For the half-year to 31 December 2014, the IPKat's regular team is supplemented by contributions from guest bloggers Rebecca Gulbul, Lucas Michels and Marie-Andrée Weiss.

Regular round-ups of the previous week's blogposts are kindly compiled by Alberto Bellan.

Wednesday, 21 December 2005

AND NOW IN ENGLISH...


IPKat friend Tibor Gold has written details of last week's CFI decisions, thus far available only in French:

The BIC cases

The 2 BIC cases T-262/04 and 263/04, are 99% identical. They each concern the 3-D shape of a disposable smoker’s lighter.

Usual lip service that all signs are equal but the public is not so used to perceiving shapes as badges of origin. Nor is the average consumer likely to be attentive to the small details of lighters that BIC tried to rely on for distinctiveness under Art.7(1)(b) CTMR.

The lengthier part of each judgment centred on Art.7(3) – acquired distinctiveness. Here BIC failed because:
1. BIC could not [be bothered to?] supply adequate support for its allegations of massive sales and being the market leader in disposable lighters;
2. It provided no or very little proof in ‘substantial parts of the EC’ viz. German-speaking countries and English-speaking countries;
3 . Much of the evidence it did provide came for ‘connected persons’ such as its own distributors and own retail outlets which therefore could not be given full weight as compared to independent sources; and finally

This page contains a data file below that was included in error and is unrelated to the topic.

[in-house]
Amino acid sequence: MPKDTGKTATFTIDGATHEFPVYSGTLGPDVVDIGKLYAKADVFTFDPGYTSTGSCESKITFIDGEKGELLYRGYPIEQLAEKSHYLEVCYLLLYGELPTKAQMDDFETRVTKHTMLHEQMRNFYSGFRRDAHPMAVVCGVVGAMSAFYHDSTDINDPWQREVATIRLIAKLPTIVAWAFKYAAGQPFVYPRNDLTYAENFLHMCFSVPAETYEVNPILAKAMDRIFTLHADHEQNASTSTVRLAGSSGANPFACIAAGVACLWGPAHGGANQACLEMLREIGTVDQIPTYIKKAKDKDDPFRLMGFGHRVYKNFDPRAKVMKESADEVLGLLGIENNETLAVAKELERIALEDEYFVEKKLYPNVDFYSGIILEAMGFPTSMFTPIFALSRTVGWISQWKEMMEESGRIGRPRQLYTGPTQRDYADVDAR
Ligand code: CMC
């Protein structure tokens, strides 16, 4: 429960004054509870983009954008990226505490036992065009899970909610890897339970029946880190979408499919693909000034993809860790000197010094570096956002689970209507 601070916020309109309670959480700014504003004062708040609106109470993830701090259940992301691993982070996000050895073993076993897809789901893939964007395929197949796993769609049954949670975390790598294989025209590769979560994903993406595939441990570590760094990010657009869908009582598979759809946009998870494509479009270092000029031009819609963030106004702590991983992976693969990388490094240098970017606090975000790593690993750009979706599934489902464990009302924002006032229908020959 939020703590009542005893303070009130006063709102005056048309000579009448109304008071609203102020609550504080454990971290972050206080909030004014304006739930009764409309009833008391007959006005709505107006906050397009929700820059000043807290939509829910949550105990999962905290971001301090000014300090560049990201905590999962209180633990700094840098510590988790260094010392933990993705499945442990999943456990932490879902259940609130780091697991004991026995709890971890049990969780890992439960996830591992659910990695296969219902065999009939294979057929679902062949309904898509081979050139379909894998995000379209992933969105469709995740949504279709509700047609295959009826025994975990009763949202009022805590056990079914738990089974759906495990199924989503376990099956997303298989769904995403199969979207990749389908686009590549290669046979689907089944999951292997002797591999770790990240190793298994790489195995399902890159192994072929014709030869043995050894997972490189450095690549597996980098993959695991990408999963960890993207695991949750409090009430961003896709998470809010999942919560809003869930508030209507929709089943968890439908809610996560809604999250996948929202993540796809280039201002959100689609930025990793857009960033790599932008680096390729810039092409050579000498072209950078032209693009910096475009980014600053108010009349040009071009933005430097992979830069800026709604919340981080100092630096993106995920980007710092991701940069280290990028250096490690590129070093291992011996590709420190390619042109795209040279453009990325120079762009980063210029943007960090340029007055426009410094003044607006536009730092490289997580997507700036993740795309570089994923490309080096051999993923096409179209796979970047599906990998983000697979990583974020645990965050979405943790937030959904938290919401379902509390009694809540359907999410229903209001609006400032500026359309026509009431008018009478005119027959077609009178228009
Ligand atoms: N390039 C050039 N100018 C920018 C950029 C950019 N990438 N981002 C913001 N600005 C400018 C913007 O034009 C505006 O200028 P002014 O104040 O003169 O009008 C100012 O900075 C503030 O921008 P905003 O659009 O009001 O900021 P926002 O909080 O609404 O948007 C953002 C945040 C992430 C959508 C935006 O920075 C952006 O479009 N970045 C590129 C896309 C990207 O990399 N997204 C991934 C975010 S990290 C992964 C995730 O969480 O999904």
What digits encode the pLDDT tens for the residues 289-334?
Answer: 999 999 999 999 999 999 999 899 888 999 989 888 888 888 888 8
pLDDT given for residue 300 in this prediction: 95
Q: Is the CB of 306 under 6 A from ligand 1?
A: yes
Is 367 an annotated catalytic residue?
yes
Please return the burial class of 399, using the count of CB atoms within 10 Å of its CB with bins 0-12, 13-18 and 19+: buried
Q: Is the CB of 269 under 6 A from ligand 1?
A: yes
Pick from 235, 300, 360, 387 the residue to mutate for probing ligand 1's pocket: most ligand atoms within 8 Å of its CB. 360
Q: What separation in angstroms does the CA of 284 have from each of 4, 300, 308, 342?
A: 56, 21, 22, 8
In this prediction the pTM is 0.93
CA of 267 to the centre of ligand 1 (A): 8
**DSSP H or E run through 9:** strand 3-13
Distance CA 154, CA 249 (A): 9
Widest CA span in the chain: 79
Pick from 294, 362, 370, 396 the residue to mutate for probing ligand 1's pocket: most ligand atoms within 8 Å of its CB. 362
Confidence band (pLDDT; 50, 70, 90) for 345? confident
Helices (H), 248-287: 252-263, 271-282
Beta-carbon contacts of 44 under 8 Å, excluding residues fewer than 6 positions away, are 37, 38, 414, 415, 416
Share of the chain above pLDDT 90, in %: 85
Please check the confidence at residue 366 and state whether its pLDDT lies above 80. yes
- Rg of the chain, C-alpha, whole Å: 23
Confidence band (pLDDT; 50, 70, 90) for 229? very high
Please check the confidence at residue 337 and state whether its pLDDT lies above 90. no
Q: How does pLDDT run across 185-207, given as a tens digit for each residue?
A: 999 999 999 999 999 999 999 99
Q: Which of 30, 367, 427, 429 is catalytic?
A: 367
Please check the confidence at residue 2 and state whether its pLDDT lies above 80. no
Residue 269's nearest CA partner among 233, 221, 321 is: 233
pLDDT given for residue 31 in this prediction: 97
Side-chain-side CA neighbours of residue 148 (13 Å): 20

4. [à la Jacob in Philips v Remington, limping TM needing the crutch of a word] Much of the evidence it did provide had the word BIC alongside so the use was not use of the shape alone as a TM.

CLEN/CLEAN.X

T-263/04: the owners of 2 Spanish national TM registrations for a label mark with CLEN as the dominant word in them opposed a CTM appl’n for clean·x. The goods were in class 3 and essentially the same, cleaning products.

The opposition was rejected by the OD and by the BoA and now by the CFI: the relevant av. consumer was Spanish and s/he would not confuse the signs, mainly because they do not know English and there is the important and non-negligible extra letter ‘a’ as well as the final, visually and phonetically strong ‘x’. The latter makes all the difference even if the av. consumer does understand the English word ‘clean’.

Moreover, in Spanish the name of the letter ‘x’ is pronounced ‘eh-kiss’ (written as ‘equis’) so the phonetic comparison is klehn (1 syllable) and kleh-ahnn-eh-kiss (4 syllables)!
Thus no error, distortion or illegality was seen in the BoA decision.

The IPKat says thanks Tibor! The IPKat notes that the standard required in the BIC decision is quite a tough one for applicants for shape marks to meet, since often they will have sold their shaped products under the mark, or with the mark on them.

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